Ukraine and Taiwan: Parallels and Early Lessons Learned

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Dr. Bonny Lin: Good afternoon, everyone and thank you for joining us today. I’m Bonny Lin, Director of the China Power Projects and Senior Fellow for Asia Security at CSIS. I am excited to welcome you to what I think will be a very engaging conversation. So our discussion today will focus on the topic “Ukraine and Taiwan: Parallels and Early Lessons Learned.” Xi Jinping and other leaders in Beijing are watching the war in Ukraine closely, including the responses from the United States and our allies and partners, and impacts of our actions on Russia. Chinese officials have insisted that the dispute between China and Taiwan and Ukraine and Russia are not the same, but comparisons between Ukraine and Taiwan have been a central topic of discussion within the policy community. Today’s panel will discuss what China may be learning from the Russian invasion of Ukraine, and how such lessons may impact China’s calculus regarding Taiwan.

So to discuss these questions I am delighted to be joined by an incredible lineup of four experts.

So our first panelist is Ms. Bonnie Glaser. She’s the director of the Asia Program at the German Marshall Fund. She was previously Senior Advisor for Asia and director of the China Power Project at CSIS.

Our second panelist today is Mr. John Culver, a retired CIA analyst who served as our National Intelligence Officer for East Asia from 2015 to 2018.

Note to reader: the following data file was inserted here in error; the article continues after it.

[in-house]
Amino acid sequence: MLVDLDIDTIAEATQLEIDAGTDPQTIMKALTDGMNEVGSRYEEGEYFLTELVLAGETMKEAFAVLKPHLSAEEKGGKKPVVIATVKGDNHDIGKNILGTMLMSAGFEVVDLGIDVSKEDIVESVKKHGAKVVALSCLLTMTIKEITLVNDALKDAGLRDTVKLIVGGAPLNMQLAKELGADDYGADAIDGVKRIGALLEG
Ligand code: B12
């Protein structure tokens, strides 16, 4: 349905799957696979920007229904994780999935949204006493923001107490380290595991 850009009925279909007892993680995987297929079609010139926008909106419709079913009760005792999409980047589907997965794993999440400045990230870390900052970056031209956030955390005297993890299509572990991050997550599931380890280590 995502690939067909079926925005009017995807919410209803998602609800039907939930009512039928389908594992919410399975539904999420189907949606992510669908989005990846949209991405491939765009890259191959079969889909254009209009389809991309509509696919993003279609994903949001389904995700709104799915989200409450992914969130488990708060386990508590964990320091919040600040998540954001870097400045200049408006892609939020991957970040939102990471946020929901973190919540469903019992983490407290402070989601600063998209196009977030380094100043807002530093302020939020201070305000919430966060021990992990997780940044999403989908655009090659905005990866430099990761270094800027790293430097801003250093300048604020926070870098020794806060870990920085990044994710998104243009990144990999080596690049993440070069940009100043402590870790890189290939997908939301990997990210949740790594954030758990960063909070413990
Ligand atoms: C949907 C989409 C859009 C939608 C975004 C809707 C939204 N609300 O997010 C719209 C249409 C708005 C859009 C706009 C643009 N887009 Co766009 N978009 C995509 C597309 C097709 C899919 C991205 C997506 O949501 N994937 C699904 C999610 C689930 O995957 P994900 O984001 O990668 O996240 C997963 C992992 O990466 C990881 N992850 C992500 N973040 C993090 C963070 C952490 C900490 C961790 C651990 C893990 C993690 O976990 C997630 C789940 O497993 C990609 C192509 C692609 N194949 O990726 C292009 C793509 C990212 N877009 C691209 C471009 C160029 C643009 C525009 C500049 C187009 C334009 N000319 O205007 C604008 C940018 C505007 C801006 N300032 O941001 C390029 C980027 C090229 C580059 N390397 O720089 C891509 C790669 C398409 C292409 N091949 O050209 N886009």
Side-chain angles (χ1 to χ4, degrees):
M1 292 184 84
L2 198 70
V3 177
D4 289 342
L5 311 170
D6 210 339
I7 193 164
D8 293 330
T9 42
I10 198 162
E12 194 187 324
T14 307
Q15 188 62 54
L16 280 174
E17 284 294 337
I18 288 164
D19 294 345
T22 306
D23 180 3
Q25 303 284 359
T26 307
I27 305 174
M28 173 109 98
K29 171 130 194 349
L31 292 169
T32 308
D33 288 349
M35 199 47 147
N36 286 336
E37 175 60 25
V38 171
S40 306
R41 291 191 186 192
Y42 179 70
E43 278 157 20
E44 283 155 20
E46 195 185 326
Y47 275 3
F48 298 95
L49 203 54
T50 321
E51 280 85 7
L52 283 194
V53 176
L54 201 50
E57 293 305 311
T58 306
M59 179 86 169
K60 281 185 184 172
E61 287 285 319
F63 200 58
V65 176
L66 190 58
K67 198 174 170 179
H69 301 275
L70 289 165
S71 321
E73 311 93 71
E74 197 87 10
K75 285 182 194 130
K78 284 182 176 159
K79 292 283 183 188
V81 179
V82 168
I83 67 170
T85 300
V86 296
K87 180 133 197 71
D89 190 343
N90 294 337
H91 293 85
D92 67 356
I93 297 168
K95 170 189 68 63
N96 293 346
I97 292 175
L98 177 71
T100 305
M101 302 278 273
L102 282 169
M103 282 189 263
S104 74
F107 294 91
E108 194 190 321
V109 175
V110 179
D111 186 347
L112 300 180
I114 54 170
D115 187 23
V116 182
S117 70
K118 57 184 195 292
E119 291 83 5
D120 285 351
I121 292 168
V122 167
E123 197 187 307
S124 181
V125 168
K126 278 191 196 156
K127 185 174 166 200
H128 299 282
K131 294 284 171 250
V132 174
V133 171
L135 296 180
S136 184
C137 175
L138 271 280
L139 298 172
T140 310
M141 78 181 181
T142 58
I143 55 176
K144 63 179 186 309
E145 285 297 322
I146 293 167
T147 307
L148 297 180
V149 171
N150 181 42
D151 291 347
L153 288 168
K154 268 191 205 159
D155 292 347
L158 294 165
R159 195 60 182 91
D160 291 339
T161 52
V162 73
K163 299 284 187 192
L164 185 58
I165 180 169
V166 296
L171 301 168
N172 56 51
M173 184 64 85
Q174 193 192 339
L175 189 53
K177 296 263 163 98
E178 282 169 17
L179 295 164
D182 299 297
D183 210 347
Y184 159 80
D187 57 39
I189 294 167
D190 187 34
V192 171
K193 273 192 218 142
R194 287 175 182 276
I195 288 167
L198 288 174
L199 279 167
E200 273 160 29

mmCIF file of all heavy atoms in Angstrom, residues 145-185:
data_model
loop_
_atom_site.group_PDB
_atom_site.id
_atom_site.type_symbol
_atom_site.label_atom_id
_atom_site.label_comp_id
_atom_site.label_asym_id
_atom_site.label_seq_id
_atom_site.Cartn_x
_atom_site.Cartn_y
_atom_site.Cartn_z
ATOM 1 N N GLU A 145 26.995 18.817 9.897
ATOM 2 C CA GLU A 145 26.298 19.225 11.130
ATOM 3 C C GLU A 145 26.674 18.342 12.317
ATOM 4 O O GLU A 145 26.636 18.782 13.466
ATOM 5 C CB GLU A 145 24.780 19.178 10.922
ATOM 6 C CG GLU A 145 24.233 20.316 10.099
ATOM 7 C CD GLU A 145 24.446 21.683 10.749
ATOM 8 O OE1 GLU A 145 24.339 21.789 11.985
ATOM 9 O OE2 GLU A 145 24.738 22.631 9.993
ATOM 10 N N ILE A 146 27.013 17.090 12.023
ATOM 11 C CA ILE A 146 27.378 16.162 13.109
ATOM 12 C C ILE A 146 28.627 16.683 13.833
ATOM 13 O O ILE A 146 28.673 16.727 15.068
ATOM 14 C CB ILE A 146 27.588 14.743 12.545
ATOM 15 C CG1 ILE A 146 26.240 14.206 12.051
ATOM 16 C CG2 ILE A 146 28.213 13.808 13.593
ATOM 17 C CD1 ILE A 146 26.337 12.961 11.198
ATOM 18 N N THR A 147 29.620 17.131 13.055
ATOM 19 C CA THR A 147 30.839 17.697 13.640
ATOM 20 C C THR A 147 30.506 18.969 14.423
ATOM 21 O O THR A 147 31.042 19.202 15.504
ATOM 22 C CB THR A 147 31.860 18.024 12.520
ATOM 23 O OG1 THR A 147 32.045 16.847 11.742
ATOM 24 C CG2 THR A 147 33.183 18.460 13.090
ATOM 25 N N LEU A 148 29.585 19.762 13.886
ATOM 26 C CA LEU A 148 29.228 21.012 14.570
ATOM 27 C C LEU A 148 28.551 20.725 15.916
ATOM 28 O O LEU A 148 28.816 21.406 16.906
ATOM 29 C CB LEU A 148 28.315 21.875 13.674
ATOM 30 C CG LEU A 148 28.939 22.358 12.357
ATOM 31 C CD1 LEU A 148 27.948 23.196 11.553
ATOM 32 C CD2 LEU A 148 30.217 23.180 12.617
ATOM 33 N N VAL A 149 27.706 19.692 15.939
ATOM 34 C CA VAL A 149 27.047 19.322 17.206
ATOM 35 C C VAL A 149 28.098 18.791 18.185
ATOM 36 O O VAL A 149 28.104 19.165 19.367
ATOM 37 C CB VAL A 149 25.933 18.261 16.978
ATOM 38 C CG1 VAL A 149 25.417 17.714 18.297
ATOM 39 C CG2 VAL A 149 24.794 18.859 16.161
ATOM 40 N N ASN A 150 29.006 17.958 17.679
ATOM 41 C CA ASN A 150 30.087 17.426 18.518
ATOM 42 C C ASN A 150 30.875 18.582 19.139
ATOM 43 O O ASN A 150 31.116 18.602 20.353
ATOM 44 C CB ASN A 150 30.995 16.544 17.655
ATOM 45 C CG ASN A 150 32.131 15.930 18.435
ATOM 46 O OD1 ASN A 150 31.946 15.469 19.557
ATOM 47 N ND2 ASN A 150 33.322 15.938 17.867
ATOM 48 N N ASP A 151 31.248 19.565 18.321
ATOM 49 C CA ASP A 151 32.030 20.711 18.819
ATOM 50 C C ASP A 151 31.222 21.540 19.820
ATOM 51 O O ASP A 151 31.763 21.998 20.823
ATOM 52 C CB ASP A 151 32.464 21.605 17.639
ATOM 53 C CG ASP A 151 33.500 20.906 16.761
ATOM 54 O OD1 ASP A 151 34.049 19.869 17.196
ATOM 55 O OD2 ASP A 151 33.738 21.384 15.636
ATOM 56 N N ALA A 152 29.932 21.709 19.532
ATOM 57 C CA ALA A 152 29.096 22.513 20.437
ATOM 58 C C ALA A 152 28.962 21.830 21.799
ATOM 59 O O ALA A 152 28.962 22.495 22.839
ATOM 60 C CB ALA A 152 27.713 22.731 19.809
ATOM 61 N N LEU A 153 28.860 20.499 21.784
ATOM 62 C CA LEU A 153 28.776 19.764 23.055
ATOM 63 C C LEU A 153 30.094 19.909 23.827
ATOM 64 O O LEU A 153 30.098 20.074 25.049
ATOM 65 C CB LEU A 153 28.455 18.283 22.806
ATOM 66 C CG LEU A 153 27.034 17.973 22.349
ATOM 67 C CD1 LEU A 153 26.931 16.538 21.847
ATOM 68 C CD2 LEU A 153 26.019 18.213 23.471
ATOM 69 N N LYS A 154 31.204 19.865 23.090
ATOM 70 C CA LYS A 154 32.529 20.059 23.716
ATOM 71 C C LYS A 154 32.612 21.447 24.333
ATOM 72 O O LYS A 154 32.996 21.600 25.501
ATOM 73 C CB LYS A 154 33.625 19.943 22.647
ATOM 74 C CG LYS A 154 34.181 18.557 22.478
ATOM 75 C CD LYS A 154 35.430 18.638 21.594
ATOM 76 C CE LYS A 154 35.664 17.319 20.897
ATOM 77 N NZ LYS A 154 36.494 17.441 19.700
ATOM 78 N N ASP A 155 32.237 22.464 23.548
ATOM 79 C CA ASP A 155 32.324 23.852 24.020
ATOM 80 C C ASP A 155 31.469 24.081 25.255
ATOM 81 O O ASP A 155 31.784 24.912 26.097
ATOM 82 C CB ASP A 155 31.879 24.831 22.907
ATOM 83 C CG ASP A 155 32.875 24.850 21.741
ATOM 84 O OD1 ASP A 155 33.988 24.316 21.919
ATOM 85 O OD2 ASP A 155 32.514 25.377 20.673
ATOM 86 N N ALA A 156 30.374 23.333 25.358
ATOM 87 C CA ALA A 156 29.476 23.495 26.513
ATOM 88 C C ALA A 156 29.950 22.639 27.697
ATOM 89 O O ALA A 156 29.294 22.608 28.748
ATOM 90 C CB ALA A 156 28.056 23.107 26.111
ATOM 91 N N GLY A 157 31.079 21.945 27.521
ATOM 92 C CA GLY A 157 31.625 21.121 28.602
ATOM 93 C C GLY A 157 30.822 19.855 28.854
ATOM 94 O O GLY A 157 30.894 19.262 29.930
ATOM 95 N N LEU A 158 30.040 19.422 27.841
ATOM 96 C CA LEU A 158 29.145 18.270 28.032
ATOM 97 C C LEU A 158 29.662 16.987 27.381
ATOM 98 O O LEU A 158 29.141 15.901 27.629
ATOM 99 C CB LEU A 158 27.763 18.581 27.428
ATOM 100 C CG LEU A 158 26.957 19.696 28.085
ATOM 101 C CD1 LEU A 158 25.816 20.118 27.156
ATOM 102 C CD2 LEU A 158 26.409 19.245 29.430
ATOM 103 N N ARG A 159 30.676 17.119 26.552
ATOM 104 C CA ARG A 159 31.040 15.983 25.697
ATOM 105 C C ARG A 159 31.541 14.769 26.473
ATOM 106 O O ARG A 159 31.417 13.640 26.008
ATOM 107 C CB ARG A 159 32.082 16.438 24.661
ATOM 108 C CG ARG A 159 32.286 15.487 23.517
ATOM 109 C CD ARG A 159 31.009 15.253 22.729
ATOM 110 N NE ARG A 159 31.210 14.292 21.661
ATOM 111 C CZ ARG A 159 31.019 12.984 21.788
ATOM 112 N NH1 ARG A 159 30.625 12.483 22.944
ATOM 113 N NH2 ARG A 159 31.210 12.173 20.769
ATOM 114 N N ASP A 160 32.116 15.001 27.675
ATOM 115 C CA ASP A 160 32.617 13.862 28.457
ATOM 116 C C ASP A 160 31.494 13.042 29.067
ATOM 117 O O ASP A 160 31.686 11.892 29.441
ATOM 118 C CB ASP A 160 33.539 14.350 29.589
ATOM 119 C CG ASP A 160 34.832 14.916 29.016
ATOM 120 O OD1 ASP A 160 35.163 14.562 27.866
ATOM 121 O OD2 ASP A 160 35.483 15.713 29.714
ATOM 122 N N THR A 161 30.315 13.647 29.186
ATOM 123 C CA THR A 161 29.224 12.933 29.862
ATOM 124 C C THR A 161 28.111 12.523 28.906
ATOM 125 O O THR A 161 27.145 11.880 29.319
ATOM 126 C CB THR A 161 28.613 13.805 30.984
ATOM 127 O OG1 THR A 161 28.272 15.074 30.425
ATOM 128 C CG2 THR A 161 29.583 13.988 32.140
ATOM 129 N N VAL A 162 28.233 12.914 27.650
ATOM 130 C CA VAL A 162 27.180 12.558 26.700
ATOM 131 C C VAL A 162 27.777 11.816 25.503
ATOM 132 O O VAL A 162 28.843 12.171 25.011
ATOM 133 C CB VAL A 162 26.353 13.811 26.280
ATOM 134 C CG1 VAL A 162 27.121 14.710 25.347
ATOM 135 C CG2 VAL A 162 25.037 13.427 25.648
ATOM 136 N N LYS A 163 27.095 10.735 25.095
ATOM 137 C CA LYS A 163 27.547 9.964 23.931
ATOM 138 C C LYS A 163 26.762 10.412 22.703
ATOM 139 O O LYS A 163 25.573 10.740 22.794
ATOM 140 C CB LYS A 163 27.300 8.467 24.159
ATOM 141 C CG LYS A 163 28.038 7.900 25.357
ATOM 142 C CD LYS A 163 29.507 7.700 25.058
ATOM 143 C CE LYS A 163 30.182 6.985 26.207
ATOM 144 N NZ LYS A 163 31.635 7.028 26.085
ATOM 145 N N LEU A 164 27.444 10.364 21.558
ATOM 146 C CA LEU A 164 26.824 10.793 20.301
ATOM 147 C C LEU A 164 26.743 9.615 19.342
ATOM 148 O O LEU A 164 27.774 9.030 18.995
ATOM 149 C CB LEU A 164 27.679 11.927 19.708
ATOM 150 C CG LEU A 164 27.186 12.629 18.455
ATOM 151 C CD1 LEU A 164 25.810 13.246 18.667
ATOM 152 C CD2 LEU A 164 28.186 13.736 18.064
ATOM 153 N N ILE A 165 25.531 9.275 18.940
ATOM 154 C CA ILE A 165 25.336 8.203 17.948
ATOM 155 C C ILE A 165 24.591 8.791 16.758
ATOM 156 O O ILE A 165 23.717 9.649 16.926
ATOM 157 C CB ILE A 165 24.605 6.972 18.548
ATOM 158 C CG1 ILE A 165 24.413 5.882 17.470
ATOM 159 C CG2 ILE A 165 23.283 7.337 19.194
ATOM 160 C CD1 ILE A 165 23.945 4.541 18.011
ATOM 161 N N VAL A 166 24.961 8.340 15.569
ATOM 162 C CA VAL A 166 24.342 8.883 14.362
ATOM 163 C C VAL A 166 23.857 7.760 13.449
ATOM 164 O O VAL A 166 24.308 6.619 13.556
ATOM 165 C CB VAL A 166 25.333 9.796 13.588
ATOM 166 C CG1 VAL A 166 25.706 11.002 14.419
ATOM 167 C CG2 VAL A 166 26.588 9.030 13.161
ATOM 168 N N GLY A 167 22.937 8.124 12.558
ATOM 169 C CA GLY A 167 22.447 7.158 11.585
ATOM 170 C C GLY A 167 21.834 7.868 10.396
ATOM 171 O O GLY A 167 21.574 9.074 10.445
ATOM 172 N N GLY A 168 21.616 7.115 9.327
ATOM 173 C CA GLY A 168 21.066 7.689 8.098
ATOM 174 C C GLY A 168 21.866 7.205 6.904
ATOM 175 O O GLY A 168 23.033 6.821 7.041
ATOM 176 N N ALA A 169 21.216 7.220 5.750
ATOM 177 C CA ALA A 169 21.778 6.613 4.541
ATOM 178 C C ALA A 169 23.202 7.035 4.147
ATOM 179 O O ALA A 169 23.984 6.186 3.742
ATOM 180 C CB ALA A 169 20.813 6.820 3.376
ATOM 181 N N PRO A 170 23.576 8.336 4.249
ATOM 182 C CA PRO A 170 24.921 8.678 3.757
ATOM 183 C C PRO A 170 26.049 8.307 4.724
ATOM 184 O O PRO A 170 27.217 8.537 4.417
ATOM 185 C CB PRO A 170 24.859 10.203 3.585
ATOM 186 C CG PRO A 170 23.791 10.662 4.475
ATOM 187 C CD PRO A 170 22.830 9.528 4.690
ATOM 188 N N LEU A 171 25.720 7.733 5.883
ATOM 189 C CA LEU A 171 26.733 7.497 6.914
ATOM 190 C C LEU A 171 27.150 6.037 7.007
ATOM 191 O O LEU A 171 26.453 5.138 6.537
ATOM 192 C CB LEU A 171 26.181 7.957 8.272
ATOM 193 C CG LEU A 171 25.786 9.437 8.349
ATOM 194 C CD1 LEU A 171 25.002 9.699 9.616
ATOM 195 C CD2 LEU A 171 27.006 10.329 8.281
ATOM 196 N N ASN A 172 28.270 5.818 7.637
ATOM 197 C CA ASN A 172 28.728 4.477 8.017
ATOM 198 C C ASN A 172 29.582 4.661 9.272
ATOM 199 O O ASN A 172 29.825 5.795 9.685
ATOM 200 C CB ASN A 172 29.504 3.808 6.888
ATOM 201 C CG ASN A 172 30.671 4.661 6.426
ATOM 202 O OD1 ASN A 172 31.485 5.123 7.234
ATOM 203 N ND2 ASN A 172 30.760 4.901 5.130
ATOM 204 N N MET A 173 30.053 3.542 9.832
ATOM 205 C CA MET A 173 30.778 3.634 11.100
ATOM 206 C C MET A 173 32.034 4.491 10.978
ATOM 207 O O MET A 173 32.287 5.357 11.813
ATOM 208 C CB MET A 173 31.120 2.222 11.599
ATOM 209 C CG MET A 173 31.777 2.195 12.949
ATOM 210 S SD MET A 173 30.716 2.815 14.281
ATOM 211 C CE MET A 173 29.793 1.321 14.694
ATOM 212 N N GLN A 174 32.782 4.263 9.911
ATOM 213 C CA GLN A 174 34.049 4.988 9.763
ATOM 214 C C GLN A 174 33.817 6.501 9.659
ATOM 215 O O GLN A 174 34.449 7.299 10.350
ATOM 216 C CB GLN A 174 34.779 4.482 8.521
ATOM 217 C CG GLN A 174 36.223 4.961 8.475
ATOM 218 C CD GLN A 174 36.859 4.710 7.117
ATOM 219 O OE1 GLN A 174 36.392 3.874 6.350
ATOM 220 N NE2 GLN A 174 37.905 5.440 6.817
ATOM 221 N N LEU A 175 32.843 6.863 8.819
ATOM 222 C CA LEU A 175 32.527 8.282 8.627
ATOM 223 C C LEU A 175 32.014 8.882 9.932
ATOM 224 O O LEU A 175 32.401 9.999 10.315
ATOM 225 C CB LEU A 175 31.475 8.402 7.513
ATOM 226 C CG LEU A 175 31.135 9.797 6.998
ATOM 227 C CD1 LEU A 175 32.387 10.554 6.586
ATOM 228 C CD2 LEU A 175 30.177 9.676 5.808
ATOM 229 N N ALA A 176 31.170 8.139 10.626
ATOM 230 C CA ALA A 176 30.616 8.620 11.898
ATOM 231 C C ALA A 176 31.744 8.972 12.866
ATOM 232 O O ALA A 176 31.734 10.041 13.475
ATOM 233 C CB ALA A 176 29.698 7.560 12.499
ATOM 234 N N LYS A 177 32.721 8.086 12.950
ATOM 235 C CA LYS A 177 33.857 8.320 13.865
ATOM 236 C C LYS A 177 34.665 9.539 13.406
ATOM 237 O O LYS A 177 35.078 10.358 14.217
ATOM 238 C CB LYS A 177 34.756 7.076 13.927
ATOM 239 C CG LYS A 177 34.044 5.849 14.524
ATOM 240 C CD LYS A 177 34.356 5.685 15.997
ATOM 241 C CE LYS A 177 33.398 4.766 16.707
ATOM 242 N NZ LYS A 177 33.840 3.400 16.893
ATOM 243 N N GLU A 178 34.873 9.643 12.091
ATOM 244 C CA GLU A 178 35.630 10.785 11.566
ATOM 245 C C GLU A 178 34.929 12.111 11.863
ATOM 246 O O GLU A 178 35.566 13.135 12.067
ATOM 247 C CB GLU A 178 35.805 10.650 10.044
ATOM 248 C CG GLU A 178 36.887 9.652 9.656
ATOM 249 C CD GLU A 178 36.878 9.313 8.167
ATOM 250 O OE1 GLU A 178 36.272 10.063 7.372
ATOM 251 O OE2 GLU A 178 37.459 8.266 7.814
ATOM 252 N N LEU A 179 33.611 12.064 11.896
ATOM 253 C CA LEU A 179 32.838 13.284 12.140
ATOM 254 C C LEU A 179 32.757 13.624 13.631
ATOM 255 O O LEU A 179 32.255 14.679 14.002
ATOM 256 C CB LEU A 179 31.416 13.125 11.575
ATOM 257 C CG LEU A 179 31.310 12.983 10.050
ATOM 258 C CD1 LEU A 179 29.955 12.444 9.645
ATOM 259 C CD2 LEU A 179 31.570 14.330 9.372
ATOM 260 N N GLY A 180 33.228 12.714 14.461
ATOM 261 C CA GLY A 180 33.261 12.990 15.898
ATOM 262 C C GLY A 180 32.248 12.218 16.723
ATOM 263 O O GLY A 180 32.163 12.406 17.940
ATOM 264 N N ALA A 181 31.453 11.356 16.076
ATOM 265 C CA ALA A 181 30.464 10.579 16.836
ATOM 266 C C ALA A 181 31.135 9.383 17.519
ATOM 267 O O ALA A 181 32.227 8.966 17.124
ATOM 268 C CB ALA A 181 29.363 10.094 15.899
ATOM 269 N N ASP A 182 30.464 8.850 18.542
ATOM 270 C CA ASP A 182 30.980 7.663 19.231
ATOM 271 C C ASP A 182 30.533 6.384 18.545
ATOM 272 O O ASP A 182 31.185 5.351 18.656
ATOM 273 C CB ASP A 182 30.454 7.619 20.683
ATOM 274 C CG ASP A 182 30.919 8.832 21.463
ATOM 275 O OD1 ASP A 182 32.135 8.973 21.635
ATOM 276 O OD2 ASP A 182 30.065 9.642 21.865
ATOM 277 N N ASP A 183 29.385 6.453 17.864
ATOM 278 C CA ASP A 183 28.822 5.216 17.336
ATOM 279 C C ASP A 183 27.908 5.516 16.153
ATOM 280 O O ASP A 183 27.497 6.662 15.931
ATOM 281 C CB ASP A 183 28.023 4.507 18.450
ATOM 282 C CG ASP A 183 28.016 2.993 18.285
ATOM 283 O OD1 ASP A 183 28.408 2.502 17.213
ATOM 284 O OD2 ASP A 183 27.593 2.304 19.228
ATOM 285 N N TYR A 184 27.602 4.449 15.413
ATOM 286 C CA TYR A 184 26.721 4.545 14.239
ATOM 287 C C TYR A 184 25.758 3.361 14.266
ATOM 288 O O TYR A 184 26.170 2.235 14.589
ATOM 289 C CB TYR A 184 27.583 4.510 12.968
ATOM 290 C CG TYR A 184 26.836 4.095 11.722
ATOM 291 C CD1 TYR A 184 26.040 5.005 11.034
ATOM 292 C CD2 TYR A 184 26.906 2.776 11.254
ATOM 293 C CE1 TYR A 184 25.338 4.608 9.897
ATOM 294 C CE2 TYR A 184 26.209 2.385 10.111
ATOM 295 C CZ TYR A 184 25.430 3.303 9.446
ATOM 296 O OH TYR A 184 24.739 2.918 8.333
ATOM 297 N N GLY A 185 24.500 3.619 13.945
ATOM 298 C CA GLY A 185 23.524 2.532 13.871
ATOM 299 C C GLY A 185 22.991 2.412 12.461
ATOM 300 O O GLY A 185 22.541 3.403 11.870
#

Our third panelist is Dr. Scott Kennedy, Senior Advisor and Trustee Chair in Chinese Business and Economics at CSIS. Scott has written and edited numerous books and articles on China’s industrial policy, technology innovation and global governance and business.

And last but not least, our final panelist is Dr. Mike Green, Senior Vice President for Asia, Japan Chair, and our Henry A. Kissinger Chair at CSIS. He’s also the Director of Asian Studies at the Edmund A. Walsh School of Foreign Service at Georgetown University.

So without taking much time in ceding the floor to our panelists, let me first turn to Bonnie Glaser. I’ve asked Bonnie to discuss what Beijing sees as parallels, or lack of parallels, between Ukraine and Taiwan, and also what broad lessons learned Beijing is taking away from Ukraine for Taiwan. So, Bonnie, thank you again for joining us and over to you.

Bonnie S. Glaser: Thanks for having me, Bonny. I’ll start by reiterating your statement that China is really not drawing parallels to Taiwan. We just saw, in fact, a few days ago the Chinese Ambassador to the United States, Qin Gang, published an article in The Washington Post, where he insisted that Ukraine and Taiwan are, quote, “totally different things.” Saying that Ukraine is a sovereign state, while Taiwan is an inseparable part of China’s territory.